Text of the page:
According to the FBI, the coronavirus isn’t the only danger people need to be watching out for these days as cybercriminals are focusing their attacks on the top 3 states with highest infection rates – California, New York and Washington.
In recent statements online, both the FBI Director and the US Attorney have warned Americans to be on their guard for a significant spike in coronavirus scams. In particular, they warn that cyber-attacks are most likely to target people working from home. The lack of sophisticated IT support and protection that people took for granted in the office leaves employees working from home open to attack and unprepared for what to watch for and what to do if they suspect something might be wrong.
Cybercrime experts warn that people from home need to be extra vigilant in watching for phishing scams and extra cautious when responding to emails that seem to be work-related. Here are a few examples of scams and phishing routines that are already making the rounds targeting people who work from home:
- Texts that ask you to click on a link to “sign in” to your office network
- Someone asking for important data saying it’s an “emergency” with no time for explanation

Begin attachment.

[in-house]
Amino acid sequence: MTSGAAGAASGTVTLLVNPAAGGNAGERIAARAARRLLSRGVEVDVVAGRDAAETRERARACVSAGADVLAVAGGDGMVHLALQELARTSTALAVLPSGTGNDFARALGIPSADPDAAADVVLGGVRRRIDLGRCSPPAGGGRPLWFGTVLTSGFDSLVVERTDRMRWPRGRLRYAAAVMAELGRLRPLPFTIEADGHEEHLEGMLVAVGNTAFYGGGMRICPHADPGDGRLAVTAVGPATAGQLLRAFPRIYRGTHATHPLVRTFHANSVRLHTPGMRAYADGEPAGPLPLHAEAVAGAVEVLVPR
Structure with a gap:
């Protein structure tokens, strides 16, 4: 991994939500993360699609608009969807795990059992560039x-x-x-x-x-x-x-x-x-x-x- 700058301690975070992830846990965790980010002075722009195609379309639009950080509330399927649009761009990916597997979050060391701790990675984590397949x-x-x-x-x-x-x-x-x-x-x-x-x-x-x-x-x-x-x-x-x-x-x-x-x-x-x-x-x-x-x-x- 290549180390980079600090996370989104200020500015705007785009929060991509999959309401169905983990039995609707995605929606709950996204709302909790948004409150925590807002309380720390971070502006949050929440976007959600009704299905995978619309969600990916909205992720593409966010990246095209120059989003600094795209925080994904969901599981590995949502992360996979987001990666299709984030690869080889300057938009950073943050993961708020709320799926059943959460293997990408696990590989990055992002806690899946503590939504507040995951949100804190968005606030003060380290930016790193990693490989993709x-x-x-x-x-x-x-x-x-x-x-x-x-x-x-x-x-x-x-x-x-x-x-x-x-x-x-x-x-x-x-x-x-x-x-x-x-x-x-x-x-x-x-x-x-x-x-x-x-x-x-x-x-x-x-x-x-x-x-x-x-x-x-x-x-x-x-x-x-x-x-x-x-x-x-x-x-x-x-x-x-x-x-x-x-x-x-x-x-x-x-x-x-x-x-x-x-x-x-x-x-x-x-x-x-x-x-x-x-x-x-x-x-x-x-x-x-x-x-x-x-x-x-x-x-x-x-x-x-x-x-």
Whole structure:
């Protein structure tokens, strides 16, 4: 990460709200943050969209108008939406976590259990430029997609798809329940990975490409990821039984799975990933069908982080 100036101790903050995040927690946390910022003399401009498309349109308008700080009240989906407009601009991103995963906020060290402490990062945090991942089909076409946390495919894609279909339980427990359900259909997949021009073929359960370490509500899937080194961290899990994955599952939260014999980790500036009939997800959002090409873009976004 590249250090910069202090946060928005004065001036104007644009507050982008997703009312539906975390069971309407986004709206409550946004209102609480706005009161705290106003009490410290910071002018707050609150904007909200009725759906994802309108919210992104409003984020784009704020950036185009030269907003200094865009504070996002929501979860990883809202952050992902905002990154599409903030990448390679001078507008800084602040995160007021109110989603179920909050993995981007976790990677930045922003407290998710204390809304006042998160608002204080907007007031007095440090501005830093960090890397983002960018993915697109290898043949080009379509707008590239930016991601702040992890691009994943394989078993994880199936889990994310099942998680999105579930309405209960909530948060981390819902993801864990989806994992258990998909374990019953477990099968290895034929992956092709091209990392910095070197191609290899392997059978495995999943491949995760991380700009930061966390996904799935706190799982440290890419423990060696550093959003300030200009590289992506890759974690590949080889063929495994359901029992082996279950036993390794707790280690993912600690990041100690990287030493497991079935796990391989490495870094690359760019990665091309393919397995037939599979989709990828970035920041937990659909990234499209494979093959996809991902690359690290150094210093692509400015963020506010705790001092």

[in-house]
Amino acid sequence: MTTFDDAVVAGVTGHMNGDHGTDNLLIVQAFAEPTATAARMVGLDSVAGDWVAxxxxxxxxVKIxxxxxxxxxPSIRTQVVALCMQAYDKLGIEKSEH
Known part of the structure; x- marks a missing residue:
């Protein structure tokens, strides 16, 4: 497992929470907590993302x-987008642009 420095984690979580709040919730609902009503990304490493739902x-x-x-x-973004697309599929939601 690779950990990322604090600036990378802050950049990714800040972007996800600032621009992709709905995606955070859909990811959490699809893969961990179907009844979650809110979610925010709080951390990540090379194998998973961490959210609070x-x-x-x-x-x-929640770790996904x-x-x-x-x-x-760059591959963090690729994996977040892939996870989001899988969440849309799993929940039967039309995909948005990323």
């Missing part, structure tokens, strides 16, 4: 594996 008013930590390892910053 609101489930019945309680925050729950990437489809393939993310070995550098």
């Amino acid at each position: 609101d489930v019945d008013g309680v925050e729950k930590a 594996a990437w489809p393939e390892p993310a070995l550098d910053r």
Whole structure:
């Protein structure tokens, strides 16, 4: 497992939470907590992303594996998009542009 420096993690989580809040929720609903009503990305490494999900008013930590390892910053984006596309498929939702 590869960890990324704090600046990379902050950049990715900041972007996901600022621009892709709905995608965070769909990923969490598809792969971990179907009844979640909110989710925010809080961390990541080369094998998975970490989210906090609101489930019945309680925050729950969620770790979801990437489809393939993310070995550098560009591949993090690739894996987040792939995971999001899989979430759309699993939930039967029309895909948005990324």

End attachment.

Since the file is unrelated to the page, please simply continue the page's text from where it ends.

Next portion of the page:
- Updates and “breaking news” about coronavirus that asks you to click on links or images
- Offers of free office equipment or phones from the government to defray work at home costs
- Emails that disguise themselves as coming from legitimate, high-profile organizations in the news such as the World Health Organization and Center for Disease Control.
For more information about how to protect your home, your work, and your family from cybercriminals and data hacking, be sure to check out this article “Safer Internet Day Tips for Online Safety” where we share information and take-action tips for subjects including wireless network hacking, phishing scams, online safety for children, financial account safety, social media safety, and more.